As a 70s child, Fiona Francois has had the luck to be an artist all her life, but staying the road hasn’t been easy. Born in New Zealand, Fiona spent her childhood in Auckland, but she spent most of her adult years in Brisbane, Australia. After graduating with a degree in Graphic Design, she worked for more than 20 years as a graphic designer in a broad range of industries from television to book illustration to multimedia. Fiona spent ten of the best years of her career working in the video games industry in Brisbane where she eventually became an art director working on AAA console games for local and international game studios. In 2010, after the fallout of the 2008 global financial crisis had wiped out the entire games industry in Brisbane, Fiona and her family escaped to Tasmania, where she now lives. At this point, she found herself burnt out and despondent from precariously navigating a commercial art world full of pitfalls, funding cuts, retrenchments, and corporate takeovers. “Ending up in a small town in the middle of nowhere with a bulging portfolio of near-useless high-end technical skills nearly did me in, and if it wasn’t for the exceptional wilderness to inspire me to take a very different direction, I can’t imagine what might have become of me,” she says.
Fiona still remembers how, during those all-nighters in the games industry, she used to fantasize about sitting at home, painting what she wanted instead of exhausting her efforts for a publisher, a client, or a company promoting other people’s visions. However, when she finally had the opportunity, it was far from what she had imagined. Fiona approached creating art from a commercial mindset: what would a customer buy? What sorts of things would a customer like? “Any artist out there would collapse in fits of laughter at this. I had it the wrong way around and it nearly sent me insane and bankrupt at the same time,” she says. It took her about six years to arrive at the point where she stripped back all the layers and finally asked herself without feeling selfish what she really wanted to do as an artist. “I forced myself to forget about the elusive buyer and the god-like art critics looking down their noses from the panels of art competitions and decided to make a drawing so large and ungainly, it would be impossible to sell,” she says. Fiona decided to do a tree-woman who had withstood the harshest of life. She had collapsed on the ground in her agony. Fiona clipped paper on the largest piece of MDF available, which she supported across two easels. It occupied her entire studio.
The drawing became the exact size of a piece of MDF (2.4 x 1.2m). “I didn’t even think about what I would do with it once it was finished. It was ridiculously large and would be impossible to frame.” The drawing was large because Fiona wanted it to be powerful, to make a statement about suffering, what it was to be the recipient of it. “I wanted to make a tribute to the environment and all living things that had suffered at the hands of selfish, careless people and a blind, unthinking society, to all those who had been ignored, bullied, abused and left behind,” she says. But more than that, Fiona was creating an outlet onto which she could pour out her own anger, resentment, and unhappiness. But, at the end of it all, this outlet was to contain beauty. “I wanted so much to prove that beauty would prevail despite everything that life could throw at you and that the scars of suffering would be undeniably magnificent,” she says.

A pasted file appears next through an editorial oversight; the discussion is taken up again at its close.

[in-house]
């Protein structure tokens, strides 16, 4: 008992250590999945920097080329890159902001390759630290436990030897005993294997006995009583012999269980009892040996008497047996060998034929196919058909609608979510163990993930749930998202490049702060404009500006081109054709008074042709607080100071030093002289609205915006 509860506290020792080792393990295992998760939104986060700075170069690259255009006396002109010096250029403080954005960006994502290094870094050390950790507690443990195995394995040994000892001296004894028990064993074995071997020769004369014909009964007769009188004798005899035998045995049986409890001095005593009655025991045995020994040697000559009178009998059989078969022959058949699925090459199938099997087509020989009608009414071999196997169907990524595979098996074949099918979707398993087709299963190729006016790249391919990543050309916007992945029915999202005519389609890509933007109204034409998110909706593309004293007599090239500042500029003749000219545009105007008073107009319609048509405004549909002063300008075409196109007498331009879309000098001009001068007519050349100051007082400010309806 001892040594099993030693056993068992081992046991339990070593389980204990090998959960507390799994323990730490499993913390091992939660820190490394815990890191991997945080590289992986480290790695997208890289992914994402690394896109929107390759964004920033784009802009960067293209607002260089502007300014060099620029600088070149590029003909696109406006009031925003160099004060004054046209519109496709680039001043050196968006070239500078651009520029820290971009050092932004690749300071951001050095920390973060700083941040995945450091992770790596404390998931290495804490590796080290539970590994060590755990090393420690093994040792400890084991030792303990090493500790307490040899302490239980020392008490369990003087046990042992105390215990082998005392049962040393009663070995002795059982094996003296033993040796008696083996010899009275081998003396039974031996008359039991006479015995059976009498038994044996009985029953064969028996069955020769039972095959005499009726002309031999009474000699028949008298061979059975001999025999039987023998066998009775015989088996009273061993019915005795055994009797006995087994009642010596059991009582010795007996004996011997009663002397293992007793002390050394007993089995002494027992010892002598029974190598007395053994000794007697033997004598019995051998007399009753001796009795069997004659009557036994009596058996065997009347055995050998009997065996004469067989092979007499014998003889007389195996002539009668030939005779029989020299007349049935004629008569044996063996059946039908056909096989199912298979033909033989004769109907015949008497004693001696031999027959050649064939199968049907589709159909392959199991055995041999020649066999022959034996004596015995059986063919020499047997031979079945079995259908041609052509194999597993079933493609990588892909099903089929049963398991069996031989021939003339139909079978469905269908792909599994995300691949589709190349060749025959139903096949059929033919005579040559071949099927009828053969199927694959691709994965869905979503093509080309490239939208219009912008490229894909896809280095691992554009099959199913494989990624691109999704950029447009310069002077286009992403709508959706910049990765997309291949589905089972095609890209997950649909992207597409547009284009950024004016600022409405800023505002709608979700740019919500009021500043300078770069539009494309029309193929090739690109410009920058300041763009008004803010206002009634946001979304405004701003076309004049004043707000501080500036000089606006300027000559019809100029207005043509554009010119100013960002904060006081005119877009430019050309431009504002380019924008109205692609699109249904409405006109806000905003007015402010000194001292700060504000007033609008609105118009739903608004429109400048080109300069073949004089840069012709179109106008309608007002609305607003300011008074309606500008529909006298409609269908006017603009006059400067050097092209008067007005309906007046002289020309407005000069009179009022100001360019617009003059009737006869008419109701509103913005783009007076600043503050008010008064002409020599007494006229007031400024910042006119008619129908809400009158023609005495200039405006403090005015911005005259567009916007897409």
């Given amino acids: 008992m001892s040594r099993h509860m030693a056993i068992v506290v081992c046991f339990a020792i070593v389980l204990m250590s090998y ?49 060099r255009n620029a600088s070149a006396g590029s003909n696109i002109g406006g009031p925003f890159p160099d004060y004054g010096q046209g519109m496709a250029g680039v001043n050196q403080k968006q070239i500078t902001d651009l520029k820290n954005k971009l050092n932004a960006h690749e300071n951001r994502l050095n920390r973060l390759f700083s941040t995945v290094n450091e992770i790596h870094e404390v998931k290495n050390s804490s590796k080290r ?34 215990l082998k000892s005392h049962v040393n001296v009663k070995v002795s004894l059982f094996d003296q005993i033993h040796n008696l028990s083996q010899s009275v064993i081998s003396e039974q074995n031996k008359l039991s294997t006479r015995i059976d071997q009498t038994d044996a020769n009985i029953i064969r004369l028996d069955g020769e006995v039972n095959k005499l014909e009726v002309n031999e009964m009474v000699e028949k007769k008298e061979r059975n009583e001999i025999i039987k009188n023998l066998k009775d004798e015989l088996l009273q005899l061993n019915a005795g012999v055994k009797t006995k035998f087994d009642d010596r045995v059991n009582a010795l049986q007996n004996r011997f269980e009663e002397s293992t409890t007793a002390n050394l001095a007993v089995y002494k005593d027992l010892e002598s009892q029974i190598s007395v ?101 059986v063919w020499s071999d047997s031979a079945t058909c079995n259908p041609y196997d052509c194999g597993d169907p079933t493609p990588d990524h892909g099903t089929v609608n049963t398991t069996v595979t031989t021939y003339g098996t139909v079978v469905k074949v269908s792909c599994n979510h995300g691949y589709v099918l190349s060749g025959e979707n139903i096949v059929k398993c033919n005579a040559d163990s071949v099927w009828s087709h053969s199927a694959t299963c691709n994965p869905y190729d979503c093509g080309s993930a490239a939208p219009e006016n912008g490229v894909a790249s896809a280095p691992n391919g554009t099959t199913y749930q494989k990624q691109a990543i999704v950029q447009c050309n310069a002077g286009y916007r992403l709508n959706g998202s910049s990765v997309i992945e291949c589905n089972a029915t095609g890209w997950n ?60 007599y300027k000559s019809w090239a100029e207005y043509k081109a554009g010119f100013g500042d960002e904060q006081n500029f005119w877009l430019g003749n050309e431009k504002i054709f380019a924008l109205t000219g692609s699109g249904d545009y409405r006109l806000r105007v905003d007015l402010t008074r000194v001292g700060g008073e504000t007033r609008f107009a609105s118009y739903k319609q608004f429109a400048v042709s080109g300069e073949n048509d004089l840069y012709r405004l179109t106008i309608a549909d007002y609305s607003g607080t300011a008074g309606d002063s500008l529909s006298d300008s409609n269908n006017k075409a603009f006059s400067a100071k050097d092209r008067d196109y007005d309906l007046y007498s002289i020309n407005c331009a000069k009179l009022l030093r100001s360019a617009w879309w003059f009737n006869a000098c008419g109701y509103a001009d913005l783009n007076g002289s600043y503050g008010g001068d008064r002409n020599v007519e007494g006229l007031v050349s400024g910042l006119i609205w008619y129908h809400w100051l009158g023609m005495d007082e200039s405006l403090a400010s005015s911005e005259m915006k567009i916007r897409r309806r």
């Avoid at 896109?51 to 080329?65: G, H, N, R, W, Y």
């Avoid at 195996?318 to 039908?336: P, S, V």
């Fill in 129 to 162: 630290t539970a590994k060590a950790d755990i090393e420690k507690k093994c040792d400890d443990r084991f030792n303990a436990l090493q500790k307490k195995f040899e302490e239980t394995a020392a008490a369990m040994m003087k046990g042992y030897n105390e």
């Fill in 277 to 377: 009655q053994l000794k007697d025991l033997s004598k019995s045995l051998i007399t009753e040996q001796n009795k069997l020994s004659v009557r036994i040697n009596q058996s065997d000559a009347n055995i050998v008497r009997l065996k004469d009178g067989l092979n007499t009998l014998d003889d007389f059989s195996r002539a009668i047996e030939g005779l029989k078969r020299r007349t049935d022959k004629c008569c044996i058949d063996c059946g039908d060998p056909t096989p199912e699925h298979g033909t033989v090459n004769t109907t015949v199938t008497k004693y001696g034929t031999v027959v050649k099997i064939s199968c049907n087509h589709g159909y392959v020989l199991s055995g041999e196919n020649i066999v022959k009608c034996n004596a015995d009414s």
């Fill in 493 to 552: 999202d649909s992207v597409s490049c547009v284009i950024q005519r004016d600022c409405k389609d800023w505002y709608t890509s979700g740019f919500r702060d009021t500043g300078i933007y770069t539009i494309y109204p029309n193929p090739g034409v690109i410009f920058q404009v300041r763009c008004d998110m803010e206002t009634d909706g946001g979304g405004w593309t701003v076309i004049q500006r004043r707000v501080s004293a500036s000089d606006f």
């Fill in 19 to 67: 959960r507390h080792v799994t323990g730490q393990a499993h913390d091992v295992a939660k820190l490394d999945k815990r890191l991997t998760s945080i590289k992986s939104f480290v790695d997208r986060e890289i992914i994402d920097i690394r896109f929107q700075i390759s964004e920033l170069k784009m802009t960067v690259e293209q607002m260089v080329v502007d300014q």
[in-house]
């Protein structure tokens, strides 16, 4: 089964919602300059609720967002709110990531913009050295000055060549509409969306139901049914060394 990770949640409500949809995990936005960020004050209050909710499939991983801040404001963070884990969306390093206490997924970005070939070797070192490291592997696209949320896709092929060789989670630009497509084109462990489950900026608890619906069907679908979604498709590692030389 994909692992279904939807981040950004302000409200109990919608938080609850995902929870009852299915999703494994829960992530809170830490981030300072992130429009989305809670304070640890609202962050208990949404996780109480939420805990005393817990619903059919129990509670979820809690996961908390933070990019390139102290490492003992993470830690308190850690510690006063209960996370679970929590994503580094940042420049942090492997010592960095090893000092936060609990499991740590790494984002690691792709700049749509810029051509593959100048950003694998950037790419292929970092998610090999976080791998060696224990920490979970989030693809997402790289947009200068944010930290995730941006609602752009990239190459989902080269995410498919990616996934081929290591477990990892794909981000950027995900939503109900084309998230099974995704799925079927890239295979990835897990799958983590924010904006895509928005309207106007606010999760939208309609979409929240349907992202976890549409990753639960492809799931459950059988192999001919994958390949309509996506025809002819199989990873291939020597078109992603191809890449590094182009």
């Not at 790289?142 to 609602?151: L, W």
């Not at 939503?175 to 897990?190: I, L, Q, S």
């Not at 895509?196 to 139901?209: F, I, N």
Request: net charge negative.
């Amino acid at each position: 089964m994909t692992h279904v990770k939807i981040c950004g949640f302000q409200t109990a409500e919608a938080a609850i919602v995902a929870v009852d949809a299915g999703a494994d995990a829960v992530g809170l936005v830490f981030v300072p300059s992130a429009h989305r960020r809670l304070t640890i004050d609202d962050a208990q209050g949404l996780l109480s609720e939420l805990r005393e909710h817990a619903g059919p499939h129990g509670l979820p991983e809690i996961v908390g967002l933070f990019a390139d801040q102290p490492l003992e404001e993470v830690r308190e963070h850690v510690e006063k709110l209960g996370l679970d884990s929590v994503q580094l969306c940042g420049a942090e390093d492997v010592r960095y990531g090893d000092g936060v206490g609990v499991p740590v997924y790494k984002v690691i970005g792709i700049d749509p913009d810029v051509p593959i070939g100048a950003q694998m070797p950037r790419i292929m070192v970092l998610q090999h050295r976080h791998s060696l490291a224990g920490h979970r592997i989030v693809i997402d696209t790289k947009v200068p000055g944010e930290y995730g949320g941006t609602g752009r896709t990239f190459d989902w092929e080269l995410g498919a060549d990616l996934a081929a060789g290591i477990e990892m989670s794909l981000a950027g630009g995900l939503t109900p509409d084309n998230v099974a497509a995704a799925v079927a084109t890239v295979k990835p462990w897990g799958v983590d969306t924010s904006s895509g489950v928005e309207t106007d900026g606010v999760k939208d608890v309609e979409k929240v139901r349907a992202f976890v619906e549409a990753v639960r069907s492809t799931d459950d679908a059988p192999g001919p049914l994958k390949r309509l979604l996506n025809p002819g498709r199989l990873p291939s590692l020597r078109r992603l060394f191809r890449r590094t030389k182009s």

After five months of arduous work, “The Fallen” came to be. The work was a turning point for Fiona. It was through this gigantic piece that she transitioned from a commercially-minded artist into one who creates from within. It also became the catalyst for her current series of work, which she is still exploring with the same kind of obsessive raw expression of sadness and beauty in the guise of weathered trees. To her surprise, “The Fallen” became her most popular piece and it still is today. Fiona shares a small gallery space in Deloraine, Gallery 5 Deloraine, with two other artists where they create and sell their work to the public. Her work is also represented by Gallery Salamanca and Penguin Creek Gallery in Tasmania. Her biggest prints are for sale in two cafes in Deloraine, Nelly’s Café and Field Rabbit, where Fiona spends a lot of time drinking coffee and dreaming up new ideas.